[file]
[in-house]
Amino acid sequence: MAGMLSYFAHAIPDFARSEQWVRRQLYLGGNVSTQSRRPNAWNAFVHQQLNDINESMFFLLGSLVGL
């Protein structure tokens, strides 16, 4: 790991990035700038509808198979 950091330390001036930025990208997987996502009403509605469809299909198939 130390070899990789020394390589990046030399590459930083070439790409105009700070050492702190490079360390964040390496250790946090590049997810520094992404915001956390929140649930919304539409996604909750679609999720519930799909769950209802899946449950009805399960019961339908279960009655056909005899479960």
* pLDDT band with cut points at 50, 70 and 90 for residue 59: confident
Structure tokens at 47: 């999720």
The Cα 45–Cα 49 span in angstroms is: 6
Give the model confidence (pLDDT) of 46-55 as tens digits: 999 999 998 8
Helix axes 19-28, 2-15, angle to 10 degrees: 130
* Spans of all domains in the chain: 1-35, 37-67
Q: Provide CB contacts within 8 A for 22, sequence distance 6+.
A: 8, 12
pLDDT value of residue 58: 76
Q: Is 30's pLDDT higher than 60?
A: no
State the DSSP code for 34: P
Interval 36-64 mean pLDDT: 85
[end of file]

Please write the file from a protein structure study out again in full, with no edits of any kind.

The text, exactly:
[in-house]
Amino acid sequence: MAGMLSYFAHAIPDFARSEQWVRRQLYLGGNVSTQSRRPNAWNAFVHQQLNDINESMFFLLGSLVGL
């Protein structure tokens, strides 16, 4: 790991990035700038509808198979 950091330390001036930025990208997987996502009403509605469809299909198939 130390070899990789020394390589990046030399590459930083070439790409105009700070050492702190490079360390964040390496250790946090590049997810520094992404915001956390929140649930919304539409996604909750679609999720519930799909769950209802899946449950009805399960019961339908279960009655056909005899479960």
* pLDDT band with cut points at 50, 70 and 90 for residue 59: confident
Structure tokens at 47: 């999720």
The Cα 45–Cα 49 span in angstroms is: 6
Give the model confidence (pLDDT) of 46-55 as tens digits: 999 999 998 8
Helix axes 19-28, 2-15, angle to 10 degrees: 130
* Spans of all domains in the chain: 1-35, 37-67
Q: Provide CB contacts within 8 A for 22, sequence distance 6+.
A: 8, 12
pLDDT value of residue 58: 76
Q: Is 30's pLDDT higher than 60?
A: no
State the DSSP code for 34: P
Interval 36-64 mean pLDDT: 85